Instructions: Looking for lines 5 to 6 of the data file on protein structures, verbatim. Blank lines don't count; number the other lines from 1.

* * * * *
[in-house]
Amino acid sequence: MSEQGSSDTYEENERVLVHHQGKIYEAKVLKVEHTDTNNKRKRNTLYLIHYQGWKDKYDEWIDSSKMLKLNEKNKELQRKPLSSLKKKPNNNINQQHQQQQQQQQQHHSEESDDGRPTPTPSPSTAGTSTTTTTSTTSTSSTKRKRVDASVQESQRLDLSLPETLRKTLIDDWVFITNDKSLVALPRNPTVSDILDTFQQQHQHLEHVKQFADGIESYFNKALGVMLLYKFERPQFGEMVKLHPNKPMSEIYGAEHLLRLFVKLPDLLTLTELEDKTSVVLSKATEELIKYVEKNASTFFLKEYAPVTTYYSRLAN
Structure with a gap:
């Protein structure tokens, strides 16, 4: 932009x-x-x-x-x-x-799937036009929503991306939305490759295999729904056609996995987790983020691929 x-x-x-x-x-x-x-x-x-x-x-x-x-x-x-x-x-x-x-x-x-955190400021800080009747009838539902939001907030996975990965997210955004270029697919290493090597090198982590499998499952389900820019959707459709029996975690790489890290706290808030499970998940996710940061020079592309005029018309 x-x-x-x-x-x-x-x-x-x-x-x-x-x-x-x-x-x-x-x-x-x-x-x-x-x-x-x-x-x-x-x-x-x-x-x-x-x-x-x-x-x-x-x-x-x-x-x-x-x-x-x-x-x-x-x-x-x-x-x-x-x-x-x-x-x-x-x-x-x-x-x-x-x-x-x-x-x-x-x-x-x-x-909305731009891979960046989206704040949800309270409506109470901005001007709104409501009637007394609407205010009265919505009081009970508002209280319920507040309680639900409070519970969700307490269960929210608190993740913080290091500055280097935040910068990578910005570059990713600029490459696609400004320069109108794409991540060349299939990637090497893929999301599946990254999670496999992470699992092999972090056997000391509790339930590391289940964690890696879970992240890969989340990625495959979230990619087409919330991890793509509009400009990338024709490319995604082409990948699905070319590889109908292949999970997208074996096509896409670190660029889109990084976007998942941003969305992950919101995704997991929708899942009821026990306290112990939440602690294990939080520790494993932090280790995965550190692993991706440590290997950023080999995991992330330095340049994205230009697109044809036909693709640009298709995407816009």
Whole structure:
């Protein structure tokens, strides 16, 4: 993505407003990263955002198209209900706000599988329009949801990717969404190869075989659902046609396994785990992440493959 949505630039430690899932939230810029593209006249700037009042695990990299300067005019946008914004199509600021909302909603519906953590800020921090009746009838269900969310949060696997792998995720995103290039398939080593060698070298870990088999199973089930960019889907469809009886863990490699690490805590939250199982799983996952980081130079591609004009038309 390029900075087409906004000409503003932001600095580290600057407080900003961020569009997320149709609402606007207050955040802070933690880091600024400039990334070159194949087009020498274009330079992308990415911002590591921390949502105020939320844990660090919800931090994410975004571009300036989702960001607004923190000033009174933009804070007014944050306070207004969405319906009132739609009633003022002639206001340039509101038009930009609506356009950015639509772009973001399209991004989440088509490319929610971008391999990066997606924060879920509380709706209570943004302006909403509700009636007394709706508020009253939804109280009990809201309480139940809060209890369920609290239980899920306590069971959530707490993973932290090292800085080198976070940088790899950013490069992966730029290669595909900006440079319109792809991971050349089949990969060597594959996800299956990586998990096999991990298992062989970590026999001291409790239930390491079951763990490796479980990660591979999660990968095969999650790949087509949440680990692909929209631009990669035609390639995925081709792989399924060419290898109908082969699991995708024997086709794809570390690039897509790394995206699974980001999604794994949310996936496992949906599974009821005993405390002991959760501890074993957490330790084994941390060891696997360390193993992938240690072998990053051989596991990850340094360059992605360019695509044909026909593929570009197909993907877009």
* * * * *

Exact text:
Whole structure:
């Protein structure tokens, strides 16, 4: 993505407003990263955002198209209900706000599988329009949801990717969404190869075989659902046609396994785990992440493959 949505630039430690899932939230810029593209006249700037009042695990990299300067005019946008914004199509600021909302909603519906953590800020921090009746009838269900969310949060696997792998995720995103290039398939080593060698070298870990088999199973089930960019889907469809009886863990490699690490805590939250199982799983996952980081130079591609004009038309 390029900075087409906004000409503003932001600095580290600057407080900003961020569009997320149709609402606007207050955040802070933690880091600024400039990334070159194949087009020498274009330079992308990415911002590591921390949502105020939320844990660090919800931090994410975004571009300036989702960001607004923190000033009174933009804070007014944050306070207004969405319906009132739609009633003022002639206001340039509101038009930009609506356009950015639509772009973001399209991004989440088509490319929610971008391999990066997606924060879920509380709706209570943004302006909403509700009636007394709706508020009253939804109280009990809201309480139940809060209890369920609290239980899920306590069971959530707490993973932290090292800085080198976070940088790899950013490069992966730029290669595909900006440079319109792809991971050349089949990969060597594959996800299956990586998990096999991990298992062989970590026999001291409790239930390491079951763990490796479980990660591979999660990968095969999650790949087509949440680990692909929209631009990669035609390639995925081709792989399924060419290898109908082969699991995708024997086709794809570390690039897509790394995206699974980001999604794994949310996936496992949906599974009821005993405390002991959760501890074993957490330790084994941390060891696997360390193993992938240690072998990053051989596991990850340094360059992605360019695509044909026909593929570009197909993907877009």